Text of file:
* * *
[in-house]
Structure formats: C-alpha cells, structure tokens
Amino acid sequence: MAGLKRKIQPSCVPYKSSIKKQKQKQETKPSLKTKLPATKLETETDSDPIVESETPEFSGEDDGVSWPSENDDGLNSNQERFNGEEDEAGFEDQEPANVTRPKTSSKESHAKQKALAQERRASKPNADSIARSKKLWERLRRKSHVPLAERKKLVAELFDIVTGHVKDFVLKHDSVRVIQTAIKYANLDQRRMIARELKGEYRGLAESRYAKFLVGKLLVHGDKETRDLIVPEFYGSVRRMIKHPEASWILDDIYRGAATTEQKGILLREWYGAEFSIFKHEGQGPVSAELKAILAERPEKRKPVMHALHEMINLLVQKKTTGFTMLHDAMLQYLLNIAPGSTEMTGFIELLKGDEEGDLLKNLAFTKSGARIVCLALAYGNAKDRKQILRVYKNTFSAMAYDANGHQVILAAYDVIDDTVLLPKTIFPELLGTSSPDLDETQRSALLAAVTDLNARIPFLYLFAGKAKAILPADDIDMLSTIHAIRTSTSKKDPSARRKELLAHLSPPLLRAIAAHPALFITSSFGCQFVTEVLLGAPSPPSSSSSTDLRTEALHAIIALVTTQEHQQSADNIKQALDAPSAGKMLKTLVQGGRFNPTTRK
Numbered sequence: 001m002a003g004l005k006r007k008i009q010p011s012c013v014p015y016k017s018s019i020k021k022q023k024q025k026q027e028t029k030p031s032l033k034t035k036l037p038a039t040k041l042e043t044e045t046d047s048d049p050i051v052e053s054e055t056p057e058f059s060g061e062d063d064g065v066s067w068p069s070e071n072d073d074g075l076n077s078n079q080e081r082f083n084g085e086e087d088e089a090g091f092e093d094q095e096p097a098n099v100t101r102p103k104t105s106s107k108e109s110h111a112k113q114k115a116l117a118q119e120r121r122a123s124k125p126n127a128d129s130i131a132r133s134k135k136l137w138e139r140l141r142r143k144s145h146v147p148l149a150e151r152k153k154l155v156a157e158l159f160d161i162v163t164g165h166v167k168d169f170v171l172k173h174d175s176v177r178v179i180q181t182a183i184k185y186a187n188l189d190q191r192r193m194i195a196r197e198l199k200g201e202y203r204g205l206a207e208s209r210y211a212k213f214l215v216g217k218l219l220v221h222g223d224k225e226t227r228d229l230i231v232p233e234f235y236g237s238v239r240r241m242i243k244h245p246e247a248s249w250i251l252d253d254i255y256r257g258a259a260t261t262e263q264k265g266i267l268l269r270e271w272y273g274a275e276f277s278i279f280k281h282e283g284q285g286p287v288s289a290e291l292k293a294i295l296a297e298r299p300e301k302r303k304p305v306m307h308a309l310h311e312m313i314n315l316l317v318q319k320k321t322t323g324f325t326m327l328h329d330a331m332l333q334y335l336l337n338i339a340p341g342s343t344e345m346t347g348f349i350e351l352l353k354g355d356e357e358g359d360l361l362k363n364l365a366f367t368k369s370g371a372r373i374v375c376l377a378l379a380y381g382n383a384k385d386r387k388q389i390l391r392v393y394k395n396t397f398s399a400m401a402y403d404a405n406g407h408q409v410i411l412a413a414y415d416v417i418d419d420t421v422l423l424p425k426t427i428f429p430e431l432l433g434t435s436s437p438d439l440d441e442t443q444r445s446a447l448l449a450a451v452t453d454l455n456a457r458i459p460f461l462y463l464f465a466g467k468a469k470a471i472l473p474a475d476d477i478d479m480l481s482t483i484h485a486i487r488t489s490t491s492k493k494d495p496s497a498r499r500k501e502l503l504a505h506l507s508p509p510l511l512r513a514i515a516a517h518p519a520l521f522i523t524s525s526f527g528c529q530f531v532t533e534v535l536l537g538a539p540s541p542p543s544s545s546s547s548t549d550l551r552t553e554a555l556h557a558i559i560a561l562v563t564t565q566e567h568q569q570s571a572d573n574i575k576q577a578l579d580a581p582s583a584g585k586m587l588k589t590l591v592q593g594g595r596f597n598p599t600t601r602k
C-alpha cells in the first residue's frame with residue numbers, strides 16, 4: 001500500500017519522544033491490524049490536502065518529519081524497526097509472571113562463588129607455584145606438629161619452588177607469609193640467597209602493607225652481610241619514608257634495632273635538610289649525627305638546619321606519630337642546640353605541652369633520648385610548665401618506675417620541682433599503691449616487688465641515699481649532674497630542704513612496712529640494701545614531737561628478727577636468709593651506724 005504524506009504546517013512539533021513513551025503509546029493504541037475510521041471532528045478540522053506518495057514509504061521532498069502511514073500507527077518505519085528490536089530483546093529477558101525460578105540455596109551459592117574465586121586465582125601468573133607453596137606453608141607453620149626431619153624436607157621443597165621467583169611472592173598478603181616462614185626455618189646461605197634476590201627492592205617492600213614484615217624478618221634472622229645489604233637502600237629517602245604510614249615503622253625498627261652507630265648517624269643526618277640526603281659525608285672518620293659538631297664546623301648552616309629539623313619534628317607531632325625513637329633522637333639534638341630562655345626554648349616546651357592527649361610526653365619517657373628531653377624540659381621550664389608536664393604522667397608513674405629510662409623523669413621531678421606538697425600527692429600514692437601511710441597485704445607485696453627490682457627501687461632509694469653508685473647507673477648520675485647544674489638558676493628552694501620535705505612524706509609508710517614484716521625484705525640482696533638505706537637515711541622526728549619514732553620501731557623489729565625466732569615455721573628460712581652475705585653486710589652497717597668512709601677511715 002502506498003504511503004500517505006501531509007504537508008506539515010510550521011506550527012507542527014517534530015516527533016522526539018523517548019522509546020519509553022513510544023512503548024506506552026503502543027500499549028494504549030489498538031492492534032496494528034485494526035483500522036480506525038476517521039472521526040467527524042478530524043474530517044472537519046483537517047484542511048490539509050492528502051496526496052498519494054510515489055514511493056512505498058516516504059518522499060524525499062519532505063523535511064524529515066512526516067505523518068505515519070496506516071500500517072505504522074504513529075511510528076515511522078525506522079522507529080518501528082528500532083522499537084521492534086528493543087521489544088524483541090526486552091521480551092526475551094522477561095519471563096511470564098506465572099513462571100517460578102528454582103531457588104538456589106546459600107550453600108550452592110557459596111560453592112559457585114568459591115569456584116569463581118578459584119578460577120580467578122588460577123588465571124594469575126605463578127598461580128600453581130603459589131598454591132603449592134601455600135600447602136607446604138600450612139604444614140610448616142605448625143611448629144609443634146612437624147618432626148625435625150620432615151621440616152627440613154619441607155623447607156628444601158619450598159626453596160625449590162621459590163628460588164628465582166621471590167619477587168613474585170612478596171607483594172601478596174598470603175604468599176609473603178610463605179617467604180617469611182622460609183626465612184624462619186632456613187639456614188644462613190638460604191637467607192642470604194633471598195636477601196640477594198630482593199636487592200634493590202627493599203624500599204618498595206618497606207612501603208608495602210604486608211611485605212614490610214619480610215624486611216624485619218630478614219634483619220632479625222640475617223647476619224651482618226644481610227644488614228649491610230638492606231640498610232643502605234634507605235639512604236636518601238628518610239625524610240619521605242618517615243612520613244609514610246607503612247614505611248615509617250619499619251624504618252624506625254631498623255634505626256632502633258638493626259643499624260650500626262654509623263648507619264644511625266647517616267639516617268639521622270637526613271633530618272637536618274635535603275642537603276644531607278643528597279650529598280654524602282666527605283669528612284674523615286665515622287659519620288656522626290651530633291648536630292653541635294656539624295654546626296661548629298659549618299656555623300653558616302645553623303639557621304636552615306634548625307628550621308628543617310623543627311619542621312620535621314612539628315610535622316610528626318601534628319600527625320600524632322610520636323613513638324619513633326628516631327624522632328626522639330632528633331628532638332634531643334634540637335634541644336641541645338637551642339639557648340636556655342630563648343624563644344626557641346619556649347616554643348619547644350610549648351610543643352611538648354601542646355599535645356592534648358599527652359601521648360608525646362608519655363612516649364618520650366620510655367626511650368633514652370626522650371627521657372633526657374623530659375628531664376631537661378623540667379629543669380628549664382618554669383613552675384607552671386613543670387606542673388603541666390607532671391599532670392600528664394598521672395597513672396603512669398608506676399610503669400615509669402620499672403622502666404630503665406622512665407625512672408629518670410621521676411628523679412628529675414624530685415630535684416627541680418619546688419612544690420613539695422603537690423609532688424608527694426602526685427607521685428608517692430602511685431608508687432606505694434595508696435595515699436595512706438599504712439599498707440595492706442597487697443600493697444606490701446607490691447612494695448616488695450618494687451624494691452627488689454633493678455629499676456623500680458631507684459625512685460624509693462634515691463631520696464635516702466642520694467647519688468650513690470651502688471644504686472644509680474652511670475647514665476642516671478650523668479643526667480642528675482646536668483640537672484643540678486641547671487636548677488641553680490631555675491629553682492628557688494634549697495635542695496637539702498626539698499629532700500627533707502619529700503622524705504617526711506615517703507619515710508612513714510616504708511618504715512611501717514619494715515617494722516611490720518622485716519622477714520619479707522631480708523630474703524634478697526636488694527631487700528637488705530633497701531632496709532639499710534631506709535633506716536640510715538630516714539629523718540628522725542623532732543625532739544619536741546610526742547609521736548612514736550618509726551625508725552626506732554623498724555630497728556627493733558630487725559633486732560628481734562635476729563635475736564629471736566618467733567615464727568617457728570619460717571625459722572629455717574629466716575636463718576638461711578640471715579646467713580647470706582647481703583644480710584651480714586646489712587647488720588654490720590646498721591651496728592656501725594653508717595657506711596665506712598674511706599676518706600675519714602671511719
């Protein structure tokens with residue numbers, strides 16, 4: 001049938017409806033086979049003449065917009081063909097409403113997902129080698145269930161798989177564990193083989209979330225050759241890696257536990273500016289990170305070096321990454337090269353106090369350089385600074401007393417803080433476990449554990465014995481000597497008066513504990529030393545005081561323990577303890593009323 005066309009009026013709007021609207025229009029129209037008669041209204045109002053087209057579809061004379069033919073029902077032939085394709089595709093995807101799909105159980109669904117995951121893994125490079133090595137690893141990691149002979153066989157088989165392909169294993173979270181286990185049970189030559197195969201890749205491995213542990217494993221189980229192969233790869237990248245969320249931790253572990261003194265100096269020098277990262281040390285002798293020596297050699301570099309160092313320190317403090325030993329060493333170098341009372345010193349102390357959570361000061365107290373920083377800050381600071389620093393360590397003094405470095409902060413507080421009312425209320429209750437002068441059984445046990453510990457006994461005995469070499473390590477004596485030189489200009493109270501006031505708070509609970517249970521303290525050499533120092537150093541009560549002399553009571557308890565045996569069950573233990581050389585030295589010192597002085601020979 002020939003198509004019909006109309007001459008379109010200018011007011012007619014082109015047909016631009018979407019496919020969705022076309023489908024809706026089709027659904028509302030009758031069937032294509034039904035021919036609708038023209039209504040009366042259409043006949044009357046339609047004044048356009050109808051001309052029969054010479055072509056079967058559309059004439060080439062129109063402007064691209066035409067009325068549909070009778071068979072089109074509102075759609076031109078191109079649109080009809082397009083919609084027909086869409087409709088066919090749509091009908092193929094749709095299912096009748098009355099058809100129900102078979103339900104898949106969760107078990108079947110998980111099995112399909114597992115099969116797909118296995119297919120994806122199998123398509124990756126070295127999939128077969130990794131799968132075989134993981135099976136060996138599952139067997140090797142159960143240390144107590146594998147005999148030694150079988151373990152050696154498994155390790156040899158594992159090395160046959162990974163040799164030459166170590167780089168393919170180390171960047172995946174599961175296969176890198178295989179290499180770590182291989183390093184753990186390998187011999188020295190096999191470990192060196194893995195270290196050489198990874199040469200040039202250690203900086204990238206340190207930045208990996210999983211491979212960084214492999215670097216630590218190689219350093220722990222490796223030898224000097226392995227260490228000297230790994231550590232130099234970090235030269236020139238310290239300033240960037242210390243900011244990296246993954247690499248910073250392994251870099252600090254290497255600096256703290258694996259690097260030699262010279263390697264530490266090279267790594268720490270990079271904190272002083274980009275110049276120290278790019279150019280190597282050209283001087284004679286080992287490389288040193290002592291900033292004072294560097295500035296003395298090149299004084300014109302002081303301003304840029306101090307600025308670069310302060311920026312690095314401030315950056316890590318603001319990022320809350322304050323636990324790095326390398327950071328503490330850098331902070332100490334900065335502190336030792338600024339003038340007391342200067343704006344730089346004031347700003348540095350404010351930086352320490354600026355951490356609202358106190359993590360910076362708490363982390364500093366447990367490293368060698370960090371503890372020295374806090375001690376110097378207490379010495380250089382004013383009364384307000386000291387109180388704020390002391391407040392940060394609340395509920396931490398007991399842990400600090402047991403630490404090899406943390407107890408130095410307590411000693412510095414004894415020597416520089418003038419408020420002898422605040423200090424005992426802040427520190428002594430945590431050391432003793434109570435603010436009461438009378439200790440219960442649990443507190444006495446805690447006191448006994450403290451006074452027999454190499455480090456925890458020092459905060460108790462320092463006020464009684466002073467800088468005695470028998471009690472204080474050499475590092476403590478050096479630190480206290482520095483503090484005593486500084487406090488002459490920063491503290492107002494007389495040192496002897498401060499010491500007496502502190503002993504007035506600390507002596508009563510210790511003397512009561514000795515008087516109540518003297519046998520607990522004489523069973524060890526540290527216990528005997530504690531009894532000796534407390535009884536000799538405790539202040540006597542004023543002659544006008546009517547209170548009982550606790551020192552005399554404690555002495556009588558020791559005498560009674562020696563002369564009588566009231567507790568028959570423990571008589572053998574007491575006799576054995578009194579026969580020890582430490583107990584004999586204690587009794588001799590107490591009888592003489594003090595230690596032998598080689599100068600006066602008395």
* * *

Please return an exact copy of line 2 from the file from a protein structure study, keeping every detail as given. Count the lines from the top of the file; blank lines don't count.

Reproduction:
Structure formats: C-alpha cells, structure tokens